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Snoop Dogg, Kanye West and the Struggle Over Trump, Racism and America

Kanye West, Snoop Dogg, Donald Trump

Rappers Kanye West and Snoop Dogg are polar opposites on Donald Trump’s racism. (Photos: Snoop, David Shankbone, Getty)

Snoop Dogg knows a racist when he sees one and Donald Trump fits the bill, along with all those others who support him, including fellow rapper Kanye West and African-Americans who have become fronts for the hard-right.

Snoop put the issue into words like only he can do, with an expletive-laden tirade that dropped the “n-word” and the “f-word” from start to finish. (See below)

But he brings to light a larger point.

Why would any African-American support a politician with such an overtly racist agenda and a Pavlovian response to white supremacist dog whistles floated by Fox News and other hard-right propaganda outlets?

Former White House aide Omarosa Manigault Newman even claims Trump derisively uttered the “n word” more than once on the set of the reality-TV show “The Apprentice.”

Snoop is having none of it.

“I don’t give a f**k. I tell ’em straight up, ‘Motherf**ker, if you like that n**ga, you are a motherf**kin’ racist. F**k you and f**k him,” Snoop, real name Calvin Broadus, told DJ Suss One in a SiriusXM interview that aired over the weekend.

“Kanye, too,” he added. “Don’t forget about him too. F**k you too. Throw him in the bag, he right with them motherf***ers.”

But it’s not just Kanye.

African-Americans like Candace Owens, Stacey Dash, Dan Bongino, pro-Trump sister vloggers Diamond and Silk, and others in the Fox News orbit are making a good living fronting for the hard-right.

West aptly summed up the situation when he said African-Americans should “stop focusing on racism” because “This world is racist, OK?”

His view likely resonates among black conservatives, but it’s not only cynical, it also rejects the black experience in America defined by the long struggle for civil rights.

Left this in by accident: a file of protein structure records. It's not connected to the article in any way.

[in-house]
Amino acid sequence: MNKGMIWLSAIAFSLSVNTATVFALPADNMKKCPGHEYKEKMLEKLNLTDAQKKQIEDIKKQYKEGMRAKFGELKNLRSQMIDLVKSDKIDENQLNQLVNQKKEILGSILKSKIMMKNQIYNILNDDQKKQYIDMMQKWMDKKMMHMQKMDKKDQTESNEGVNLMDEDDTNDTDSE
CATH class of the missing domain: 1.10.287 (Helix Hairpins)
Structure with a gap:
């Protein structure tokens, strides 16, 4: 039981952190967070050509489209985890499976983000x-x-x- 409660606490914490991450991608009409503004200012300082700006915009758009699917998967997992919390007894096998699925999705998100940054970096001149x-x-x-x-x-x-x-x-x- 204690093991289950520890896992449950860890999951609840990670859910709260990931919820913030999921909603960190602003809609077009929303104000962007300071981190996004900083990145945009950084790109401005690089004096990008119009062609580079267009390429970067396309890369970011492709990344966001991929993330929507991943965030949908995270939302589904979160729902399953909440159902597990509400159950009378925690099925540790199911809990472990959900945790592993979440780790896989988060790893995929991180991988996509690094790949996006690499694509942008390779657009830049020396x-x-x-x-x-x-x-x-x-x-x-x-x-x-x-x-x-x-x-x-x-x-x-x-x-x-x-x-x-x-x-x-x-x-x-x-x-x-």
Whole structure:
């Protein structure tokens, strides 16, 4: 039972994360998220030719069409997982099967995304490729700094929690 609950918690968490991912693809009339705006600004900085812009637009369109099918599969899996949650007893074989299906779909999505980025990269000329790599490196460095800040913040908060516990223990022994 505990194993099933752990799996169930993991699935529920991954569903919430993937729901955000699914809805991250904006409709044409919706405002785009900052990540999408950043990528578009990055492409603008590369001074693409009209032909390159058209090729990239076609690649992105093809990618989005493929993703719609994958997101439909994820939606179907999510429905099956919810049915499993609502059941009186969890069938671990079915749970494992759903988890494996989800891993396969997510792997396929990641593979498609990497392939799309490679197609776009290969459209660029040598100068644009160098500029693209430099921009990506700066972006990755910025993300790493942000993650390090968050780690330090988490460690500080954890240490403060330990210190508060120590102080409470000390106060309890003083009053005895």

Effectively, Kanye is saying, hey, we accept that you’re racist and that you’re never going to change. We can live with that, just give us the money. In that sense, it’s no wonder Trump appeals to like-minded African Americans.

Trump is all about “the money” and that’s been the sum-total of his appeal to the black community. Forget about Democrats, I can give you a better deal, he proclaimed during the election. “What have you got to lose?”

Trump’s repeated pronouncements that he’s responsible for the “lowest black unemployment in history” are as far fetched as his claim that his short time in office is responsible for the current economic expansion, which began almost nine years ago. The full verdict on Trump’s policies (huge tax cuts, repealed regulations, higher tariffs) won’t be clear for years.

Basically, black conservatives who buy that are throwing the civil rights movement under the bus, even though that’s what got them a seat at the table in the first place.

Lincoln may have ended slavery, but it took 100 years to bring the Jim Crow era to an end through the movement’s two signature accomplishments–the Civil Rights Act of 1964 and the Voting Rights Act of 1965.

The laws were the fruits of a struggle that spans the nation’s history and cost thousands of lives. But it only came about through a unique coalition between African-Americans and the Democratic Party that continues to this day.

Trump won with only 8 percent of the African-American vote. His approval rating, today, hovers between 14 percent and 36 percent among African-Americans, depending on the poll.

But, Owens, Boingo and other black Fox News talking heads are helping to fulfill a long-held conservative dream–to drive a wedge in that coalition.

Owens, for example, frequently mouths a white, conservative red herring that black voters are living on some sort of “Democratic plantation,” according to Rolling Stone magazine.

“The entire framing of that is racist in a way that folks like Owens do not seem to grasp,” writes Rolling Stone’s Jamil Smith.

The goal isn’t to boost black voting, but to marginalize its impact on elections through a wholesale assault on black civil rights.

While Owens and others spout off, Republican lawmakers are engaging in the wholesale disenfranchising of black voters though gerrymandering and voter ID restrictions. Right-wing groups are undercutting civil rights laws through legal challenges, like the 2013 Supreme Court ruling in Shelby County v. Holder, which overturned two key Voting Rights Act provisions.

They’re also championing the appointment of Brett Kavenaugh to the Supreme Court, which would swing the court ever further to the right for decades to come.

In contrast to West, Snoop, sees the problem, and it’s clearly Trump. “He drew the lines. Before him, there were no lines. Everybody was everybody, we respected everything, we didn’t trip,” he said.

Check out Snoop’s commentary below. Warning, salty language!

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